The following procedure shows you how to add functionality to the CTaskDialog that you created in the previous procedure. The example code shows you how to execute specific instructions based on the user's selections.

To Add Functionality to the CTaskDialog

  1. Navigate to the Resource View. If you cannot see the Resource View, you can open it from the View menu.

  2. Expand the Resource View until you can select the String Table folder. Expand it and double-click the String Table entry.

  3. Scroll to the bottom of the string table and add a new entry. Change the ID to TEMP_LINE1. Set the caption to Command Line 1.

  4. Add another new entry. Change the ID to TEMP_LINE2. Set the caption to Command Line 2.

  5. Navigate back to MyProject.cpp.

  6. After CString emptyString;, add the following code:

   CString expandedLabel("Hide extra information");

   CString collapsedLabel("Show extra information");

   CString expansionInfo("This is the additional information to the user,\nextended over two lines.");

  1. Find the taskDialog.DoModal() statement and replace that statement with the following code. This code updates the task dialog box and adds new controls:




   taskDialog.SetFooterText(L"This is the a small footnote to the user");

   taskDialog.SetVerificationCheckboxText(L"Remember your selection");

  1. Add the following line of code that displays the task dialog box to the user and retrieves the user's selection:
   INT_PTR result = taskDialog.DoModal();

  1. Insert the following code after the call to taskDialog.DoModal(). This section of code processes the user's input:
   if (taskDialog.GetVerificationCheckboxState())  
{ *// PROCESS IF the user selects the verification checkbox   

   switch (result)  
   case TEMP_LINE1: *// PROCESS IF the first command line  
   case TEMP_LINE2: *// PROCESS IF the second command line  
   case IDYES: *// PROCESS IF the user clicks yes  
   case IDNO: *// PROCESS IF the user clicks no  
   case IDCANCEL: *// PROCESS IF the user clicks cancel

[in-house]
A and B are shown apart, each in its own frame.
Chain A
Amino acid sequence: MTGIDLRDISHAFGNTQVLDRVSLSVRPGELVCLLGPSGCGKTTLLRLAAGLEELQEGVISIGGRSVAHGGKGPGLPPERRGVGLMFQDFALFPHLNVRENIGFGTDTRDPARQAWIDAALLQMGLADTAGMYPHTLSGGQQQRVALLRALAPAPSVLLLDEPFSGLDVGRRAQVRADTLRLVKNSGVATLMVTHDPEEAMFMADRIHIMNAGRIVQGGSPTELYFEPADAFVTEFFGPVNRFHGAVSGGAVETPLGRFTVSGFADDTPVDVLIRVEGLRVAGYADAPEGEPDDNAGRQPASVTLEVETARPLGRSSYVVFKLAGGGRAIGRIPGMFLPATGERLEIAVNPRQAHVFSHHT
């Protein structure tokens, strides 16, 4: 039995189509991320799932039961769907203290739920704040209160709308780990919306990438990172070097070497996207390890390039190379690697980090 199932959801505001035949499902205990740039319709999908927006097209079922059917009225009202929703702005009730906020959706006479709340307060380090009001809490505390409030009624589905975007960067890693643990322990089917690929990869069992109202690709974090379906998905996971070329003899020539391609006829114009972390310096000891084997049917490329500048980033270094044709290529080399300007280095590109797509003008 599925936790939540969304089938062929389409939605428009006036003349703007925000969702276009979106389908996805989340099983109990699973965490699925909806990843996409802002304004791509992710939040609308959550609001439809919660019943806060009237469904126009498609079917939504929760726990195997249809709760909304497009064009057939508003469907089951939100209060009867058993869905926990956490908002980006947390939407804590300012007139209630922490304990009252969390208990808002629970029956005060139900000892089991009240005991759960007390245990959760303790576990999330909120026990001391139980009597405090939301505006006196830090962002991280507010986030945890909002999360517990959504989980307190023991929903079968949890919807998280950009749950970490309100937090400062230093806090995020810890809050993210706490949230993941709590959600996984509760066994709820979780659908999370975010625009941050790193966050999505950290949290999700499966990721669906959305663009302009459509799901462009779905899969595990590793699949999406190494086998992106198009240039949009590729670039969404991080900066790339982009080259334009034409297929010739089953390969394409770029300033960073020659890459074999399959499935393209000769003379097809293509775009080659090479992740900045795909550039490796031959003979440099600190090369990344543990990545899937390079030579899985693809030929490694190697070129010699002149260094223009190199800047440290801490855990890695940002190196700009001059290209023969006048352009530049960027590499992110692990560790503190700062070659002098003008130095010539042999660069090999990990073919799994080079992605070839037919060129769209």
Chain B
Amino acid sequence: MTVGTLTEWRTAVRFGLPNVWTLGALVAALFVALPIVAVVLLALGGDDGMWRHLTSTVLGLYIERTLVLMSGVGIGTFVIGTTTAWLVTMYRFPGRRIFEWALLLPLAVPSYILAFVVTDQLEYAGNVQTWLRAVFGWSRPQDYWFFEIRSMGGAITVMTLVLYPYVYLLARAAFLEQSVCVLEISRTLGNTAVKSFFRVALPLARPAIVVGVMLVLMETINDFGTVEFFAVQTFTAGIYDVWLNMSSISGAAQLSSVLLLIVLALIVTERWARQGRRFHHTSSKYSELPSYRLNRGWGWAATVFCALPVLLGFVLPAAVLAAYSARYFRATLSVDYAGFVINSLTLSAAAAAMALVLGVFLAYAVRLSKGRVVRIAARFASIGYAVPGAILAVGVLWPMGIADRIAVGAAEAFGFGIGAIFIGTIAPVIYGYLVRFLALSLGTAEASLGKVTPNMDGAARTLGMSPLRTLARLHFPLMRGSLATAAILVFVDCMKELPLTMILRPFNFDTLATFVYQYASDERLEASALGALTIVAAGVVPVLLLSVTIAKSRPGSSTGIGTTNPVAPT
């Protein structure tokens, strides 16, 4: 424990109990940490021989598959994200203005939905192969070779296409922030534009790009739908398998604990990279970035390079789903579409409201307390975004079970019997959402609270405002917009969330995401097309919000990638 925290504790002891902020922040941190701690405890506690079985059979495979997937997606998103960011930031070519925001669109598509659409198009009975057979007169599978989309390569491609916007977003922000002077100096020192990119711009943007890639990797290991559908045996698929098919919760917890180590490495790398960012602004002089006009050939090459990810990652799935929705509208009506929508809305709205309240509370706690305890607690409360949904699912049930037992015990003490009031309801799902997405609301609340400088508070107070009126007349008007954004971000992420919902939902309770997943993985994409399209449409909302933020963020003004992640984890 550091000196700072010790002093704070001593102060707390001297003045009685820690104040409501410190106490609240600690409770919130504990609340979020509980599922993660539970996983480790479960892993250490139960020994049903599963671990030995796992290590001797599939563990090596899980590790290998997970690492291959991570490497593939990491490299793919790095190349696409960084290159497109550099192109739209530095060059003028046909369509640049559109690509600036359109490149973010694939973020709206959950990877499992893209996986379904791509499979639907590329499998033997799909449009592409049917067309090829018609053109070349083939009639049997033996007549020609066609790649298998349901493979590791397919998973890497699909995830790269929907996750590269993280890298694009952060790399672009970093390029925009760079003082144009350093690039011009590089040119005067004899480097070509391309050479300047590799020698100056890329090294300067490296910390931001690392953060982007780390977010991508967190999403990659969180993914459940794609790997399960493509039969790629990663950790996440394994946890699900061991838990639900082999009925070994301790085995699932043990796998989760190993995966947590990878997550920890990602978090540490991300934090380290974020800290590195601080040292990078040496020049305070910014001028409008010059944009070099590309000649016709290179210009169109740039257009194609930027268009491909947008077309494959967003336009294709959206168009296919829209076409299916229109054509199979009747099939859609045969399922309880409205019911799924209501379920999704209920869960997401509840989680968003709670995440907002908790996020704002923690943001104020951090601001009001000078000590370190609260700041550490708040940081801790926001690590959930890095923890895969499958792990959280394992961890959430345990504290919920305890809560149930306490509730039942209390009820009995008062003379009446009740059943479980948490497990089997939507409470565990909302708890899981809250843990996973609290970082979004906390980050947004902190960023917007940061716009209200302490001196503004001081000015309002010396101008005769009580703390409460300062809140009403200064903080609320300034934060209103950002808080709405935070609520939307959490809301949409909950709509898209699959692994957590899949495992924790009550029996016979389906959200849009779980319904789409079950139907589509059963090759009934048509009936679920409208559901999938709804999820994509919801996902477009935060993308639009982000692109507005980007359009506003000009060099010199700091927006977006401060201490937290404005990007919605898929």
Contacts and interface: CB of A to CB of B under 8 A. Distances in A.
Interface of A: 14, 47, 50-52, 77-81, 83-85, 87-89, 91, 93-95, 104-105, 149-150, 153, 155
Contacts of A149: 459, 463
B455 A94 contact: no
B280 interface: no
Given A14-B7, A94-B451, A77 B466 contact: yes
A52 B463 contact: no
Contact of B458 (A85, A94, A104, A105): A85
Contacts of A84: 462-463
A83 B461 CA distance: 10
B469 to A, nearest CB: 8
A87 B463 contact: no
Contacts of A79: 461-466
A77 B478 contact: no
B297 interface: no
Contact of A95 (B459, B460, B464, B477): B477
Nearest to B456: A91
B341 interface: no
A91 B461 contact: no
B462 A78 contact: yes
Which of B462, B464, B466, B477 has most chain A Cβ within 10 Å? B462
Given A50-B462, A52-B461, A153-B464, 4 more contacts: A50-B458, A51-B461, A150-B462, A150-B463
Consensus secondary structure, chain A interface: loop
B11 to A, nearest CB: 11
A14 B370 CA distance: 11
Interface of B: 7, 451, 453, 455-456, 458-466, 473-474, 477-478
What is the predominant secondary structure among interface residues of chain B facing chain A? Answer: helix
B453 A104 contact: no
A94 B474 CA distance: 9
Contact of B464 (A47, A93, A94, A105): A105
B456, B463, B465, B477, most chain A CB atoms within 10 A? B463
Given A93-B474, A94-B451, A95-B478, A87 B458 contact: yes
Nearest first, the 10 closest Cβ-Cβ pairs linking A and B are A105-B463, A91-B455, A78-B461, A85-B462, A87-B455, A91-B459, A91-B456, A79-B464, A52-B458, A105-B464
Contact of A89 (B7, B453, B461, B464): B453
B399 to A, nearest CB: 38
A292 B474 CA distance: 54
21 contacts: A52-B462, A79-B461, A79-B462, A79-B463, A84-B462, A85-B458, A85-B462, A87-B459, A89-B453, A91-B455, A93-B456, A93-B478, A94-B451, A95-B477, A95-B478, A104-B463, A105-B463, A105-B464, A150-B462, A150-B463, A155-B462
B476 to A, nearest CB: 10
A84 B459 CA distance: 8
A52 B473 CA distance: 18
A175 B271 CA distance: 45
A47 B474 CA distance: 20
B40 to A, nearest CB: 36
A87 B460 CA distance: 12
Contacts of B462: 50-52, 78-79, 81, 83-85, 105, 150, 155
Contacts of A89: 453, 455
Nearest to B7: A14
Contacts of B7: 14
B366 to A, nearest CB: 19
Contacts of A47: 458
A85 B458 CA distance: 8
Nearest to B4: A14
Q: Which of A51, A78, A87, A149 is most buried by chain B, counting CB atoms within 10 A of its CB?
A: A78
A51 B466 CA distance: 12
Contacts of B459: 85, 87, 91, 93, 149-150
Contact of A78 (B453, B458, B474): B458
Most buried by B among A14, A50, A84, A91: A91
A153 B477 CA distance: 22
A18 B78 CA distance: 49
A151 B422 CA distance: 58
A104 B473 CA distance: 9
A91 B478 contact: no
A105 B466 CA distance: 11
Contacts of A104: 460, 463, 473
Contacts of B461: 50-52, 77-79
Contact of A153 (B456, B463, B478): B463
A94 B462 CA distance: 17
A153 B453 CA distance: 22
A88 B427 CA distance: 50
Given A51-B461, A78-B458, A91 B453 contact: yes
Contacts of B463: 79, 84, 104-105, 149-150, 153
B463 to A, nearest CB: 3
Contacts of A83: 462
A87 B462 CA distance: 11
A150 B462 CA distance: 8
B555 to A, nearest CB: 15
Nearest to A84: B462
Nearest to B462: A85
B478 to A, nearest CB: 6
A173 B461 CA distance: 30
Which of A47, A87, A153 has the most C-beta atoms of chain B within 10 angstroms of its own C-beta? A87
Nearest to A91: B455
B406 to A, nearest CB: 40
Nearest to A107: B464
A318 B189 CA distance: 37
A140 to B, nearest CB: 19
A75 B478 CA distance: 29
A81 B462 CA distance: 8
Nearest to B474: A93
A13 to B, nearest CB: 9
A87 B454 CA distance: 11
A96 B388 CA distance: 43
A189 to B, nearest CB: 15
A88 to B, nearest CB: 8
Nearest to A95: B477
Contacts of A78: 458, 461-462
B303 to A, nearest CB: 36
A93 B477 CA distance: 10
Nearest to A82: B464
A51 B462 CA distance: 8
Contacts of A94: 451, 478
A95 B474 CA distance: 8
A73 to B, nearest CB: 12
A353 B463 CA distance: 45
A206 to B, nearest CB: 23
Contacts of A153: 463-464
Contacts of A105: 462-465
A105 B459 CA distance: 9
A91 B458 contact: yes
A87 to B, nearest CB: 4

default: *// This case should not be hit because closing the dialog box results in IDCANCEL  

In the code in step 9, replace the comments that start with PROCESS IF with the code that you want to execute under the specified conditions.

Compile and run the application. The application displays the task dialog box that uses the new controls and additional information.

The following procedure shows you how to display a CTaskDialog without first creating a CTaskDialog object. This example continues the previous procedures.

To Display a CTaskDialog Without Creating a CTaskDialog Object

  1. Open the MyProject.cpp file if it is not already open.

  2. Navigate to the closing bracket for the if (CTaskDialog::IsSupported()) statement.

  3. Insert the following code immediately before the closing bracket of the if statement (before the else block):

   HRESULT result2 = CTaskDialog::ShowDialog(L"My error message",
   L"New Title",

Compile and run the application. The application displays two task dialog boxes. The first dialog box is from the To Add Functionality to the CTaskDialog procedure; the second dialog box is from the last procedure.

These examples do not demonstrate all the available options for a CTaskDialog, but should help you get started. See CTaskDialog Class for a full description of the class.

Dialog Boxes
CTaskDialog Class